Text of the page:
Shrine of the Book Museum: Home of the Dead Sea Scrolls

October 18th 2017

We all grow up reading mystery novels, admiring adventure stories, and secretly playing out the exciting roles within these tales. It’s not often that you get to actually see one unfolding before your eyes within the confines of reality, though. Well, when the Dead Sea Scrolls were discovered, this is exactly what happened for many adventure-seekers out there. Proving Judaism’s authenticity, finding these scrolls was as exciting as the scene from Indiana Jones when the Ark was uncovered at last.

The Shrine of the Book is a section of the Israel Museum that houses these and other captivating artifacts. If you have any daring in your blood at all, you’ll have to see this exhibit at least once in your life.

The Dead Sea Scrolls

The Dead Sea Scrolls are known to be a set of documents discovered over the course of nine years in various caves along the Dead Sea shoreline. These scrolls are primarily written on ancient parchment and some on papyrus, but that’s not the most fascinating part of the story. It’s the content of the manuscripts that is really going to astonish you.

The scrolls total around 950 assorted Biblical texts, including roughly two hundred copies of the Torah (Hebrew Bible). They date back to the third century BCE, making them more than two thousand years old and the oldest remaining proof of these biblical writings. Also included in these fascinating manuscripts, are commentaries, sectarian, and apocryphal texts that are believed to be part of an ancient library that once existed in the area. The Dead Sea Scrolls are simply some of the most compelling and interesting texts for any Jew or historian to behold and well worth the visit to the Shrine of the Book, an already enticing museum.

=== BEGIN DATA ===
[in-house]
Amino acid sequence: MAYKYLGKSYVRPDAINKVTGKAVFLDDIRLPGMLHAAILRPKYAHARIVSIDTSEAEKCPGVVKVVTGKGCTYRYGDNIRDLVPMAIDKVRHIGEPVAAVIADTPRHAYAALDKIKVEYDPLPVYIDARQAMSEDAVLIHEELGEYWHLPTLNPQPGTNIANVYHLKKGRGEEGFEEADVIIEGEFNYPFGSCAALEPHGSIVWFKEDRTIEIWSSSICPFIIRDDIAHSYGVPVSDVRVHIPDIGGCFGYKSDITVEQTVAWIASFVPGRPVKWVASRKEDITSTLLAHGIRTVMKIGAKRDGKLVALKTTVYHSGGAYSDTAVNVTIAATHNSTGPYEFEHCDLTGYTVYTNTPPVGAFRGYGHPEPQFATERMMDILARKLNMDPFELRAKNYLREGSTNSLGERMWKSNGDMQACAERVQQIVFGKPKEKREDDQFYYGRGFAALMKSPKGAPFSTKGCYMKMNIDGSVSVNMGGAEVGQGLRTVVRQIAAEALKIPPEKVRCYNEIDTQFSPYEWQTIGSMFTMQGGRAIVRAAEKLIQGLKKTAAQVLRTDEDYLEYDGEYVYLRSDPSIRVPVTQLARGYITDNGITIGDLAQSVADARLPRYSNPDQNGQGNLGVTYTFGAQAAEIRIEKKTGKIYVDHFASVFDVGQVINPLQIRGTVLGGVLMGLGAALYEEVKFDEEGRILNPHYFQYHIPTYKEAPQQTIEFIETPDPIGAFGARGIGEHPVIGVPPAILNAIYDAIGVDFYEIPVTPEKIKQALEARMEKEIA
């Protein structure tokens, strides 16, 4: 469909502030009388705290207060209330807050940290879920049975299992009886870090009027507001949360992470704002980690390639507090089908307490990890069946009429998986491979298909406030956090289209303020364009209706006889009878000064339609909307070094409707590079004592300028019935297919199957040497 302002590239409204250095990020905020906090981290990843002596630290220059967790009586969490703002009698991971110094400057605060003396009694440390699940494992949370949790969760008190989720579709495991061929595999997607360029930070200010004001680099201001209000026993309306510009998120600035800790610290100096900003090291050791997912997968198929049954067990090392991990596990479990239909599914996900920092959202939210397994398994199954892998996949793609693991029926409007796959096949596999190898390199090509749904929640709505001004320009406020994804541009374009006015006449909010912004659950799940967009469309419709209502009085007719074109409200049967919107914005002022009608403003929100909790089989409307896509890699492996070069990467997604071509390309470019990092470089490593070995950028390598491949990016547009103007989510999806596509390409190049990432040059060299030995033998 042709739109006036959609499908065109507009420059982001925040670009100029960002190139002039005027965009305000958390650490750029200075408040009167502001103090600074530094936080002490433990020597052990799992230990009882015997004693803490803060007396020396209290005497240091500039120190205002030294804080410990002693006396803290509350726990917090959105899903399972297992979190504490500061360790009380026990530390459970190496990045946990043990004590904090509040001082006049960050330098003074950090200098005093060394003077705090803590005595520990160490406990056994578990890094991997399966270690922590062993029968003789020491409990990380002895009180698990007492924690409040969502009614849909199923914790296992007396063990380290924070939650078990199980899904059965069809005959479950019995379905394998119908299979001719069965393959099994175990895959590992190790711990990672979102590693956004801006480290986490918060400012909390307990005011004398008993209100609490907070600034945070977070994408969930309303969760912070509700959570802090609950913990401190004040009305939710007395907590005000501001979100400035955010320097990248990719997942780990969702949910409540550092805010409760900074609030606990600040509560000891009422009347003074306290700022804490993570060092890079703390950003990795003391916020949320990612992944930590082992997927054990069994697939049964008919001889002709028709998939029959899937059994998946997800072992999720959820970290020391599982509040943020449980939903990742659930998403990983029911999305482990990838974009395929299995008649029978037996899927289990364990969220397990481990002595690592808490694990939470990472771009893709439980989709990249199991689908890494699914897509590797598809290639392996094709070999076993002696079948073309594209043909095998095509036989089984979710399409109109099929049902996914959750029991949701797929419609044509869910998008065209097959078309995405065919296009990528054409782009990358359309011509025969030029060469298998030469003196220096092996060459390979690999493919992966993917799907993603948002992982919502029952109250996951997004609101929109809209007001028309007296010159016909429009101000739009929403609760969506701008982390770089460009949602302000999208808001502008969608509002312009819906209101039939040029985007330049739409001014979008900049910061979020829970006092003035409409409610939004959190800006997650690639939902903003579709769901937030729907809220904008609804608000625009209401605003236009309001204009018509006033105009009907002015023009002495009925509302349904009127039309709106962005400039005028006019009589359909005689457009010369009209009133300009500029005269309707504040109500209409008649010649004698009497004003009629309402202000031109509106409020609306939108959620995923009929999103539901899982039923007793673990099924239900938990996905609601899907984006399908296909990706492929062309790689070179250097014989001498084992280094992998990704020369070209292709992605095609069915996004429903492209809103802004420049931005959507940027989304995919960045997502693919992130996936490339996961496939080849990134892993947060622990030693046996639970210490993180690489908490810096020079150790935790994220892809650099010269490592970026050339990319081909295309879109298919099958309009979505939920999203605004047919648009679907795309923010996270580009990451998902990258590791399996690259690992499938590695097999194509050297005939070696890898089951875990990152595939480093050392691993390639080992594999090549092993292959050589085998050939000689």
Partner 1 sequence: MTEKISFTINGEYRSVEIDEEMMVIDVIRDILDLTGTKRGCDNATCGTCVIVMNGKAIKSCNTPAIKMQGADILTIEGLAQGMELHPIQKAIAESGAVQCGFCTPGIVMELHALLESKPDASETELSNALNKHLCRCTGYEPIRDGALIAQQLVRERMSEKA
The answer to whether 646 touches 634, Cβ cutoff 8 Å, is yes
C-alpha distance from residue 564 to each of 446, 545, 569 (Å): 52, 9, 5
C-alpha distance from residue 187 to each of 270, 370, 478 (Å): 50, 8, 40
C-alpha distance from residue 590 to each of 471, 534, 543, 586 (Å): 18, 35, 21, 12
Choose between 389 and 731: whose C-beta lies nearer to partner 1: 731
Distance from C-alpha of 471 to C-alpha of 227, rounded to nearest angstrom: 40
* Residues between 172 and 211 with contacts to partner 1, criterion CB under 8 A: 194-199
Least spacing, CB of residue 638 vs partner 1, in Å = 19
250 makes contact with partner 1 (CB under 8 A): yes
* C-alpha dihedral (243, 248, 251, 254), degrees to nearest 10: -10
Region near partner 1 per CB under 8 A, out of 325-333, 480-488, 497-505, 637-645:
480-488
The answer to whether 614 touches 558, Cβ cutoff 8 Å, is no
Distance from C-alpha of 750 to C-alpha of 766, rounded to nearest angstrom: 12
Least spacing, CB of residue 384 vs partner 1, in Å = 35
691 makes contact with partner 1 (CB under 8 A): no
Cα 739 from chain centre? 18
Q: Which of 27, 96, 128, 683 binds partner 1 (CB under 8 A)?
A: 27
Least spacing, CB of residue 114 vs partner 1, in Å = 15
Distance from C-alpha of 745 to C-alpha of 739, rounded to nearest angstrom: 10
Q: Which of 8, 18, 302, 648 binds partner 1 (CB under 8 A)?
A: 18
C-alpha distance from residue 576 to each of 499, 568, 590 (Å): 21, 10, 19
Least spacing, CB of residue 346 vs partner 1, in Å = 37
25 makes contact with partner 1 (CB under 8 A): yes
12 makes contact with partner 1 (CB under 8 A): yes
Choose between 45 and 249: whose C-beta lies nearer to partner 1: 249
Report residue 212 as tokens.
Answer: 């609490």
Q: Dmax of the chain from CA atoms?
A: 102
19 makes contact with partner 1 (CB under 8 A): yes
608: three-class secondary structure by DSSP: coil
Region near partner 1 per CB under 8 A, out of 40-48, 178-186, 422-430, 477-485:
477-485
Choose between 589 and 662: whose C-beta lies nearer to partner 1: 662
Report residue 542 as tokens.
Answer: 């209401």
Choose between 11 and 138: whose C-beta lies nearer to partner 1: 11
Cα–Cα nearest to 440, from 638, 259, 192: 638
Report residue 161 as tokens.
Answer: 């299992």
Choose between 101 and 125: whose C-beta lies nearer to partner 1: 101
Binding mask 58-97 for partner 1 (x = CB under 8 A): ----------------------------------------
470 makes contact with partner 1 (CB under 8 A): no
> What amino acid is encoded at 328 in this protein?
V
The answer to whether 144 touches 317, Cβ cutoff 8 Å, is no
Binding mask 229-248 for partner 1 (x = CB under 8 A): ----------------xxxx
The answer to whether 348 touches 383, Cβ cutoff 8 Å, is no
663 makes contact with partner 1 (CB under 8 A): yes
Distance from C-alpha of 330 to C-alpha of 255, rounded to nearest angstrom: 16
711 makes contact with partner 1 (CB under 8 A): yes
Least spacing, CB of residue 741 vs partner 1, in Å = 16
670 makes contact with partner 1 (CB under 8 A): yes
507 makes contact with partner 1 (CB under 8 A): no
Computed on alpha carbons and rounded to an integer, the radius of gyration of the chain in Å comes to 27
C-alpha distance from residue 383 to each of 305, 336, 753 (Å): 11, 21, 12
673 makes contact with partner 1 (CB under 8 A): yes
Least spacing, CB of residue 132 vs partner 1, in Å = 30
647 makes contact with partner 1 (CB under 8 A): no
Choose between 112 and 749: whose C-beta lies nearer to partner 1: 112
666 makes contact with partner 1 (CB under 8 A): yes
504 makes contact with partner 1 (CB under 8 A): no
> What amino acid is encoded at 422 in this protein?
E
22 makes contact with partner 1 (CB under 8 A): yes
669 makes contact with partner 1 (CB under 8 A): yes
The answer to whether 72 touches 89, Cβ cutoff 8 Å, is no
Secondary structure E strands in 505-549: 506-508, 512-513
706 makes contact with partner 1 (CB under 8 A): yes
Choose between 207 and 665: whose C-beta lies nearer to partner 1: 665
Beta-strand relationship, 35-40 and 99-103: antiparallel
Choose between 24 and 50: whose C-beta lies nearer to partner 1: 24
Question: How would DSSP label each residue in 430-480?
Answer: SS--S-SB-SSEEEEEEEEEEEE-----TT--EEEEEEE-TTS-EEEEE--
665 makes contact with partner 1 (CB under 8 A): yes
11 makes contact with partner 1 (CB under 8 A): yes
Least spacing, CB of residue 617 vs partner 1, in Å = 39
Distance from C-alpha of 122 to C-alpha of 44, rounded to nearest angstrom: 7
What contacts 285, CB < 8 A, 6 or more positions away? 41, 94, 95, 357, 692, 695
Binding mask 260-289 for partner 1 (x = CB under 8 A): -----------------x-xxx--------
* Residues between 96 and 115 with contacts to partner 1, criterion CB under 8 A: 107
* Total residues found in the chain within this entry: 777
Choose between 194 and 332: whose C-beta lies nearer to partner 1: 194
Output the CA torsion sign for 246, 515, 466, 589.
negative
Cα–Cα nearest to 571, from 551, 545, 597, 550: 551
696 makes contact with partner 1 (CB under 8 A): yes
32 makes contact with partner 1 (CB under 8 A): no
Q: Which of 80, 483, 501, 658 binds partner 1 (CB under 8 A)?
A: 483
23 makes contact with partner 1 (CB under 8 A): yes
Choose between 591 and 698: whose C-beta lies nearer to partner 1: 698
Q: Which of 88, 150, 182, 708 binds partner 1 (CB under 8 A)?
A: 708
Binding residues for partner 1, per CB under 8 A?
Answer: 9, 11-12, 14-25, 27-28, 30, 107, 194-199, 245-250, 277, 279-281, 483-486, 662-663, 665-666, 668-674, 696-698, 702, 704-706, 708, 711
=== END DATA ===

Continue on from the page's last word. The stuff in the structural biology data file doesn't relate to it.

Model of Second Temple

In addition to the scrolls, the Shrine of the Book museum also contains an incredibly accurate model of the Second Temple. The massive replica takes up more than 1,000 square meters and was built based on heavily researched Mishnaic sources as well as actually archeological findings from Jerusalem digs. Surrounding the Temple model is a replica of 66 CE Jerusalem, a glorious time for the city. It is truly a magnificent specimen, something that anyone touring Israel should take the time to see.

The museum, which is open every day of the week, holds several other interesting exhibits. So, spend the day, and be amazed at some fabulous historical and Biblical artifacts sure to blow you away.